BBC Proms: Handel’s Messiah gets a facelift.

nicholasmcgegan

When you think of Handel’s ‘Messiah’ you instantly conjure up images of staid choirs made up of bosomy church ladies and tuxedoed middle-aged men. That’s your suburban production of Messiah and we all know of one. I have had the experience of listening to a Messiah of which even Handel himself would be astonished. Handel in the hands of the young.

On the 250th anniversary of the great composer’s death, BBC Prom 68 on Sunday night  (6th Sept) was awe-inspiring and just plain bloody brilliant. Handel specialist, Nicholas McGegan, conducted a massed choir of young singers – young voices – from around the United Kingdom under the direction of choral specialist Simon Halsey. What this man does not know about choral singing is not worth knowing and on Sunday night the audience was treated to the most refreshing and vibrant Messiah ever produced. What better way to celebrate the 250th anniversary of this landmark piece than by taking it out of the domain of the traditional and placing it in the hands of several youth choirs: The National Youth Choirs of Great Britain and Wales and youth choirs from Birmingham, Manchester, Gateshead, Scunthorpe and the Royal School of Church Music.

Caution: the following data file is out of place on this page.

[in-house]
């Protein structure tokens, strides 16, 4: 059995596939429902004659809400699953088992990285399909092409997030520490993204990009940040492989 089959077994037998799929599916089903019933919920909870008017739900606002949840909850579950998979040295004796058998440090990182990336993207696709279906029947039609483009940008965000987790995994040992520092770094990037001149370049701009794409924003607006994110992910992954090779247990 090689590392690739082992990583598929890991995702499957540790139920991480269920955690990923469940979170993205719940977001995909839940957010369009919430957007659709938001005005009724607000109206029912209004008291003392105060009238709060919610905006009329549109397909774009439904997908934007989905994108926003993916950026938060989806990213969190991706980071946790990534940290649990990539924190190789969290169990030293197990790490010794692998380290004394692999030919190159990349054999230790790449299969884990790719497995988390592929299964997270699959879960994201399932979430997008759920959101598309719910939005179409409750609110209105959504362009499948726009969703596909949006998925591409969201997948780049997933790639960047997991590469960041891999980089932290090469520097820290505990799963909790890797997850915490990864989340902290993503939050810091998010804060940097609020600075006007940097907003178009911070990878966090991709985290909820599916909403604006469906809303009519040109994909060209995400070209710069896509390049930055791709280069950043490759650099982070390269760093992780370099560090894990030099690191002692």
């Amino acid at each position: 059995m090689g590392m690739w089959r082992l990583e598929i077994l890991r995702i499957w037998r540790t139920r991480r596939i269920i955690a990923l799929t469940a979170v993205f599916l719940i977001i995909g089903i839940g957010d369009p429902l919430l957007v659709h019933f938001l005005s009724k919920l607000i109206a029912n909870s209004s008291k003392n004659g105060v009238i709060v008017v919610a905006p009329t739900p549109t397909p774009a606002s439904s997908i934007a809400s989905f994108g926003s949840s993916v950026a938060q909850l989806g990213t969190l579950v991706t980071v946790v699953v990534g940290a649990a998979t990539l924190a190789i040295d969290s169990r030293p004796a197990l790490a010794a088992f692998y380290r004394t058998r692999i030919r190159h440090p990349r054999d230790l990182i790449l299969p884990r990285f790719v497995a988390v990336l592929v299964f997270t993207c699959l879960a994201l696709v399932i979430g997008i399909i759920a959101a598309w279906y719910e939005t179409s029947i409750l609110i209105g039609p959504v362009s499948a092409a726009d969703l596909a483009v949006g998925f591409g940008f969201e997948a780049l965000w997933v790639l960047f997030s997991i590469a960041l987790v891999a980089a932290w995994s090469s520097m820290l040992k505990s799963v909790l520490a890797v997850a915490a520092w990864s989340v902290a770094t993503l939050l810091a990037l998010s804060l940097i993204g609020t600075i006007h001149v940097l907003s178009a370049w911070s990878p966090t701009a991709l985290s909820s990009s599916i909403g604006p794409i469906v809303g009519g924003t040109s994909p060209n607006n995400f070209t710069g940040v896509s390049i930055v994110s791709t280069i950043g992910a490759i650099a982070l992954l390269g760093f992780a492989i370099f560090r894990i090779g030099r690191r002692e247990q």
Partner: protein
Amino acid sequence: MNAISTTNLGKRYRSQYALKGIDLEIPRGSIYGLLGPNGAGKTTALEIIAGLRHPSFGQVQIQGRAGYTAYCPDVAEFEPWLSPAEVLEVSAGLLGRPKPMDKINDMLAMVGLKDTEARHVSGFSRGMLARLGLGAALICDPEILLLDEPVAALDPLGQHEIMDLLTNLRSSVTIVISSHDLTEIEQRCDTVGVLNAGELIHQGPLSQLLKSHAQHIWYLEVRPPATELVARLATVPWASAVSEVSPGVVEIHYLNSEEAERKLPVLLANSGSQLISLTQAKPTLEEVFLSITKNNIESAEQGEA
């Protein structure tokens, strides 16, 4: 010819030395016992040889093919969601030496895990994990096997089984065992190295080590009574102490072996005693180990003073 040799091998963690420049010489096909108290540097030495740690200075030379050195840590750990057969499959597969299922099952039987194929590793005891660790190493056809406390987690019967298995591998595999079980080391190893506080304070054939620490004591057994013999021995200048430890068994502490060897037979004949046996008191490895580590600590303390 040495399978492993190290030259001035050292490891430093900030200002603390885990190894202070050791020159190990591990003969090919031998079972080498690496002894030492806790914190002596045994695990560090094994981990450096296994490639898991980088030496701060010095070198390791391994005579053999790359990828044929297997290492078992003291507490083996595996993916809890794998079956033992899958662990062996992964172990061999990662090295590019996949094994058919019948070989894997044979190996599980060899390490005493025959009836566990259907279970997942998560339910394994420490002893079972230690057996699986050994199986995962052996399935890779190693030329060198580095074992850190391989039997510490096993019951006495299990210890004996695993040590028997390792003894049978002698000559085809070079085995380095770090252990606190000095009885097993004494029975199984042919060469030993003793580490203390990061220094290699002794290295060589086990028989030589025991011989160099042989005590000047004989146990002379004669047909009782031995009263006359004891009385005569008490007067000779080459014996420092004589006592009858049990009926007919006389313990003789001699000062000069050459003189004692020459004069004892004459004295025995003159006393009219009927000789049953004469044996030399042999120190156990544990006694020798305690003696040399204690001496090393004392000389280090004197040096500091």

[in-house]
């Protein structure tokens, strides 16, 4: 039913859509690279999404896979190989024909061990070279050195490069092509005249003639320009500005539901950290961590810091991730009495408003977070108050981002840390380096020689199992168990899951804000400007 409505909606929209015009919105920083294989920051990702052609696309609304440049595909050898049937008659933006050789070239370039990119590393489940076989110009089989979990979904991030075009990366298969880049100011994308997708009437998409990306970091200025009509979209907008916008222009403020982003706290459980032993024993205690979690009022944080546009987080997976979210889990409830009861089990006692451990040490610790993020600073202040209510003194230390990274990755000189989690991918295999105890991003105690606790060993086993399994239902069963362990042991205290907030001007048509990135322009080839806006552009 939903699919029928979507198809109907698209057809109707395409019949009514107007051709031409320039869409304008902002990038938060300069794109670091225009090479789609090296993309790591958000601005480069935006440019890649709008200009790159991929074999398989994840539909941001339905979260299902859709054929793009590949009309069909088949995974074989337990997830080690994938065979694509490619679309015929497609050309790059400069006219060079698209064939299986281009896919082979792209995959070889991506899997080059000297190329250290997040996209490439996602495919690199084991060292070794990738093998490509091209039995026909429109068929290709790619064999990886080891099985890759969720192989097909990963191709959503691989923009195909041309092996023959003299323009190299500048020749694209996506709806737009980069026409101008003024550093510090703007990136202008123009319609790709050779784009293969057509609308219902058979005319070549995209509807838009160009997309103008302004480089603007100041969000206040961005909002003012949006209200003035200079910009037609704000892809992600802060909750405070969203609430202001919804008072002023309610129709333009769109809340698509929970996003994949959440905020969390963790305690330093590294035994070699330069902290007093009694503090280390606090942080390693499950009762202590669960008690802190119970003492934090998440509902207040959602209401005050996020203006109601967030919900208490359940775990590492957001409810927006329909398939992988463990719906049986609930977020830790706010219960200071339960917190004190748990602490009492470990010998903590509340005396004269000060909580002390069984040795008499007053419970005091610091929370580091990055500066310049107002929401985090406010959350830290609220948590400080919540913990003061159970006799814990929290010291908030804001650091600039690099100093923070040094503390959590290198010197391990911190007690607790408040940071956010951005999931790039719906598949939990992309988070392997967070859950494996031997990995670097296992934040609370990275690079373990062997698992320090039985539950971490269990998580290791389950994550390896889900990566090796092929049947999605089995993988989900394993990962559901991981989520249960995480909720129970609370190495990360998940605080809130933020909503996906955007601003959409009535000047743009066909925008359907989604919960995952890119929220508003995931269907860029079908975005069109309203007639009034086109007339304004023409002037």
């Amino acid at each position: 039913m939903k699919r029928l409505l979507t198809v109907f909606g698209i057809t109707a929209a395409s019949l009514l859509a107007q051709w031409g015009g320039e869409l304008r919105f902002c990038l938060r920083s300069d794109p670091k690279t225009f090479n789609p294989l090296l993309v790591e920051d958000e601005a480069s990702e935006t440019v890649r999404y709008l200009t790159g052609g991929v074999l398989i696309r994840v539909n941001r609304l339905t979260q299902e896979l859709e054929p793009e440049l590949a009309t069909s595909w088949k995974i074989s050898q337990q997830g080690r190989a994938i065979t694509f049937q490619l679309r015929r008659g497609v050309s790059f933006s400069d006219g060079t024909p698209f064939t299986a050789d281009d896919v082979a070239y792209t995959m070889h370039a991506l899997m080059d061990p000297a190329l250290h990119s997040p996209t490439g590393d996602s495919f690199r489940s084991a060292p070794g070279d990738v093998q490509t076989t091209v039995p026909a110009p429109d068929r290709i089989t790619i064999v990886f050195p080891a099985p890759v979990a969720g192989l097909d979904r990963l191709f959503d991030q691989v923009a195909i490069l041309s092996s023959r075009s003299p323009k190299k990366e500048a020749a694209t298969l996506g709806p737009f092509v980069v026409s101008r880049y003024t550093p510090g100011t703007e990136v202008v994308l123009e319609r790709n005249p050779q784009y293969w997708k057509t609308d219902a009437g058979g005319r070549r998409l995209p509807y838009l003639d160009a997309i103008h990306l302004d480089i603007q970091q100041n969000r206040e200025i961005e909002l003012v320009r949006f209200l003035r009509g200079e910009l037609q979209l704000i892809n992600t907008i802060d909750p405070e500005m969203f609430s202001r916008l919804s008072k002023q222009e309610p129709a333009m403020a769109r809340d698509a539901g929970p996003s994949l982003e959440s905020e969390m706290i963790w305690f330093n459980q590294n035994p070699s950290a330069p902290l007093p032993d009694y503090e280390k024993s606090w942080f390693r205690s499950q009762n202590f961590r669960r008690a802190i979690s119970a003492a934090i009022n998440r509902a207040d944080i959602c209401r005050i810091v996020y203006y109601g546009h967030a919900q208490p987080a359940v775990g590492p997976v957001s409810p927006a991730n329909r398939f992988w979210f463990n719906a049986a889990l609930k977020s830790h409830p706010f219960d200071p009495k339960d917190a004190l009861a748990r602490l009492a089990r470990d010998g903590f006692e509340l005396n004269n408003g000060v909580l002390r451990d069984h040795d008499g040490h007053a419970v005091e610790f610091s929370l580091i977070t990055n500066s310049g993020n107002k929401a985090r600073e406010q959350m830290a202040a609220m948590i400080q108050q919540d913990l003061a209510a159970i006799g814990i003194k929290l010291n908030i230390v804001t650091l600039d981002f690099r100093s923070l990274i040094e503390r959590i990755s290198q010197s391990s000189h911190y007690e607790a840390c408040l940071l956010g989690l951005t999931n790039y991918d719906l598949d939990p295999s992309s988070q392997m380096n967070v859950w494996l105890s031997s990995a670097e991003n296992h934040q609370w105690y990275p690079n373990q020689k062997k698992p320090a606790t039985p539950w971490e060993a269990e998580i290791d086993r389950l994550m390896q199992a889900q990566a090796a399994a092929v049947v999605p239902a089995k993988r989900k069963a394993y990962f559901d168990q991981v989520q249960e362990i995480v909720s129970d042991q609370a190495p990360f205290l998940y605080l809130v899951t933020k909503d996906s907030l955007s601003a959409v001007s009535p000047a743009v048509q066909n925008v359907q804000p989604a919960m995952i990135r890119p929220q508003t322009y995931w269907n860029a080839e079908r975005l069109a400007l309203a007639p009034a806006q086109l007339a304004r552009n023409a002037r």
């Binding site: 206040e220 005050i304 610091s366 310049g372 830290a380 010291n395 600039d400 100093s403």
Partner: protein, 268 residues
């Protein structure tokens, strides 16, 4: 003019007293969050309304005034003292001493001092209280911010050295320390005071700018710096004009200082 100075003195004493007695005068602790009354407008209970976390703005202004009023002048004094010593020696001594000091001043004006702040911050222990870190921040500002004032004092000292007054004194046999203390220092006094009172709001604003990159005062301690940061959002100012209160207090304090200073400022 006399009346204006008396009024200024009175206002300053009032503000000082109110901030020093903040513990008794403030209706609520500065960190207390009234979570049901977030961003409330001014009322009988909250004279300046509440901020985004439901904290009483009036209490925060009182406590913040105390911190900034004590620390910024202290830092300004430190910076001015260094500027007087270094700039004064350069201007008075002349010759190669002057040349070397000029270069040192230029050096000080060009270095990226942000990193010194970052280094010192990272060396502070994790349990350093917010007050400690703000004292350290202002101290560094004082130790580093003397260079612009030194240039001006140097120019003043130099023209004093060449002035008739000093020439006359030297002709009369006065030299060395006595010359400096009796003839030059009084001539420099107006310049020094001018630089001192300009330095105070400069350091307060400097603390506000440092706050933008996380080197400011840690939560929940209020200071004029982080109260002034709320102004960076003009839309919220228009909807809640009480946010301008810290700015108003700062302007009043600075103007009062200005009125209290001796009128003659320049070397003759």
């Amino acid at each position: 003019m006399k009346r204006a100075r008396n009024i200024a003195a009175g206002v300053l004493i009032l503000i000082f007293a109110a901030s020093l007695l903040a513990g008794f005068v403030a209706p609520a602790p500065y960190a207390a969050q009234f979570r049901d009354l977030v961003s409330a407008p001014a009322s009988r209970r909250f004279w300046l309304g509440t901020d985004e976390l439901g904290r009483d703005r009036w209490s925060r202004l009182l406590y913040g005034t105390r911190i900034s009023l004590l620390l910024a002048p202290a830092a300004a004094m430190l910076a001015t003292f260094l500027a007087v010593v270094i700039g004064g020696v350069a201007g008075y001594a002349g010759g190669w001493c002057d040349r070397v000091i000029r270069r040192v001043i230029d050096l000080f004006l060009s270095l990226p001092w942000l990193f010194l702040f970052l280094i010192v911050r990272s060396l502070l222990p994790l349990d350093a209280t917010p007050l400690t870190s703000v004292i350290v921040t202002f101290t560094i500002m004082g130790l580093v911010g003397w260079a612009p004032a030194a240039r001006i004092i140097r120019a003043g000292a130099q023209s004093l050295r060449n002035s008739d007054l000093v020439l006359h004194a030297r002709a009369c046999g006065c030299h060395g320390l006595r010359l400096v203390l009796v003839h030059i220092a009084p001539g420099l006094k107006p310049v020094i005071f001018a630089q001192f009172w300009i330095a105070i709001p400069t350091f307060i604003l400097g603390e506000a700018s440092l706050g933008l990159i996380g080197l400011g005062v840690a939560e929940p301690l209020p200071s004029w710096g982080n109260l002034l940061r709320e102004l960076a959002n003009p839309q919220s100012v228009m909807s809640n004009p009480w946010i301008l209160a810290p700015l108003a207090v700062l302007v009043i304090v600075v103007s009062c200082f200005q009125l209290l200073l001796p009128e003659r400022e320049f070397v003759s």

There is no ‘authentic’ Messiah – no blueprint. Handel took free license with his own work, conducted it himself often and adapted each performance to the voices and instruments available to him at the time. For this performance Nicholas McGegan had brilliant material to work with and the result was sheer magic, Handel’s Messiah as it should be – big and loud.

When those young voices burst in with “And the Glory of the Lord” you just knew that this performance would be something extra special –  those young voices were simply magnificent in a way which was both exciting and surprising. For the Royal Albert Hall no production of the Messiah should be on polite terms – this was a massed effort with trumpets blazing and the thrill and resounding authority of the mighty Albert Hall organ.

And yes, true to tradition, the audience rose to their feet for the Hallelujah Chorus just as George II did back in 1743 although to this day it is not clear just why the King stood at that point. Just choose your favourite theory and go with that 🙂

Treat yourself to a repeat performance here: http://www.bbc.co.uk/proms/2009/

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